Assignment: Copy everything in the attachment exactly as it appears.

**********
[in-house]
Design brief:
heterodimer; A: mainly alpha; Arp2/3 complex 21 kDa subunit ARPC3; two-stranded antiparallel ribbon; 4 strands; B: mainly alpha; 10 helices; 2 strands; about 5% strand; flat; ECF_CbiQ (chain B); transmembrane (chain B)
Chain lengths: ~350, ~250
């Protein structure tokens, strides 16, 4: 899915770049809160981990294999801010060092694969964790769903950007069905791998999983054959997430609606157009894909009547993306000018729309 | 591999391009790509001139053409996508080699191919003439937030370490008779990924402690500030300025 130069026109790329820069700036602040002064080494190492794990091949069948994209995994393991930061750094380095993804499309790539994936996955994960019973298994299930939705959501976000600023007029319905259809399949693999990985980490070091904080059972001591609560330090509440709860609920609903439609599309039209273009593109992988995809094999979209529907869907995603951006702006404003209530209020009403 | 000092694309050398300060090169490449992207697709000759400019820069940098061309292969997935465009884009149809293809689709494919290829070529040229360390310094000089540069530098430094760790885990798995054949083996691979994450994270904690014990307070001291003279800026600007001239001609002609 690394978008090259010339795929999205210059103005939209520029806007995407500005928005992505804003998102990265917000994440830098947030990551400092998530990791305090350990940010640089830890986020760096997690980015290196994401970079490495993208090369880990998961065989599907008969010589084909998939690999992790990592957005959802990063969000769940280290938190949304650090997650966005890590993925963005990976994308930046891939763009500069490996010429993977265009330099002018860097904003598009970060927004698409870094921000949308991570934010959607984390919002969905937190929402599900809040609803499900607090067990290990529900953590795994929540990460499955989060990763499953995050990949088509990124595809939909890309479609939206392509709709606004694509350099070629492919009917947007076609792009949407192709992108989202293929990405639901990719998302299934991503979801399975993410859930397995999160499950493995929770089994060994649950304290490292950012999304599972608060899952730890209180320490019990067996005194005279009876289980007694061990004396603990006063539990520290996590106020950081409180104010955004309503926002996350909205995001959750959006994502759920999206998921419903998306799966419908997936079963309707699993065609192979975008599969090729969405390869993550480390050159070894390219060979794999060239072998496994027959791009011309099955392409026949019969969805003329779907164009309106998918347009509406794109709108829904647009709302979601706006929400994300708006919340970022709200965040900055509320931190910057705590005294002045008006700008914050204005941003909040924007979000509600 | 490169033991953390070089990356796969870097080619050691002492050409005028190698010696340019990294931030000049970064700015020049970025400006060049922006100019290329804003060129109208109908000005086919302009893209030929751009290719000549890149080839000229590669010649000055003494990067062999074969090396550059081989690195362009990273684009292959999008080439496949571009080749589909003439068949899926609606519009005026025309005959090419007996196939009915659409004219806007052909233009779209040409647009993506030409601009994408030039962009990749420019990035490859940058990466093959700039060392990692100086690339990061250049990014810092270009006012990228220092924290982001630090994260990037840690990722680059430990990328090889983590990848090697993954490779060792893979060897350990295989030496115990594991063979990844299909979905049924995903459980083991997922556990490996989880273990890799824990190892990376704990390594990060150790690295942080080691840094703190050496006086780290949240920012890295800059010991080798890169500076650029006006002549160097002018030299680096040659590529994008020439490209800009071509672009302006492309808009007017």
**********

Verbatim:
[in-house]
Design brief:
heterodimer; A: mainly alpha; Arp2/3 complex 21 kDa subunit ARPC3; two-stranded antiparallel ribbon; 4 strands; B: mainly alpha; 10 helices; 2 strands; about 5% strand; flat; ECF_CbiQ (chain B); transmembrane (chain B)
Chain lengths: ~350, ~250
């Protein structure tokens, strides 16, 4: 899915770049809160981990294999801010060092694969964790769903950007069905791998999983054959997430609606157009894909009547993306000018729309 | 591999391009790509001139053409996508080699191919003439937030370490008779990924402690500030300025 130069026109790329820069700036602040002064080494190492794990091949069948994209995994393991930061750094380095993804499309790539994936996955994960019973298994299930939705959501976000600023007029319905259809399949693999990985980490070091904080059972001591609560330090509440709860609920609903439609599309039209273009593109992988995809094999979209529907869907995603951006702006404003209530209020009403 | 000092694309050398300060090169490449992207697709000759400019820069940098061309292969997935465009884009149809293809689709494919290829070529040229360390310094000089540069530098430094760790885990798995054949083996691979994450994270904690014990307070001291003279800026600007001239001609002609 690394978008090259010339795929999205210059103005939209520029806007995407500005928005992505804003998102990265917000994440830098947030990551400092998530990791305090350990940010640089830890986020760096997690980015290196994401970079490495993208090369880990998961065989599907008969010589084909998939690999992790990592957005959802990063969000769940280290938190949304650090997650966005890590993925963005990976994308930046891939763009500069490996010429993977265009330099002018860097904003598009970060927004698409870094921000949308991570934010959607984390919002969905937190929402599900809040609803499900607090067990290990529900953590795994929540990460499955989060990763499953995050990949088509990124595809939909890309479609939206392509709709606004694509350099070629492919009917947007076609792009949407192709992108989202293929990405639901990719998302299934991503979801399975993410859930397995999160499950493995929770089994060994649950304290490292950012999304599972608060899952730890209180320490019990067996005194005279009876289980007694061990004396603990006063539990520290996590106020950081409180104010955004309503926002996350909205995001959750959006994502759920999206998921419903998306799966419908997936079963309707699993065609192979975008599969090729969405390869993550480390050159070894390219060979794999060239072998496994027959791009011309099955392409026949019969969805003329779907164009309106998918347009509406794109709108829904647009709302979601706006929400994300708006919340970022709200965040900055509320931190910057705590005294002045008006700008914050204005941003909040924007979000509600 | 490169033991953390070089990356796969870097080619050691002492050409005028190698010696340019990294931030000049970064700015020049970025400006060049922006100019290329804003060129109208109908000005086919302009893209030929751009290719000549890149080839000229590669010649000055003494990067062999074969090396550059081989690195362009990273684009292959999008080439496949571009080749589909003439068949899926609606519009005026025309005959090419007996196939009915659409004219806007052909233009779209040409647009993506030409601009994408030039962009990749420019990035490859940058990466093959700039060392990692100086690339990061250049990014810092270009006012990228220092924290982001630090994260990037840690990722680059430990990328090889983590990848090697993954490779060792893979060897350990295989030496115990594991063979990844299909979905049924995903459980083991997922556990490996989880273990890799824990190892990376704990390594990060150790690295942080080691840094703190050496006086780290949240920012890295800059010991080798890169500076650029006006002549160097002018030299680096040659590529994008020439490209800009071509672009302006492309808009007017």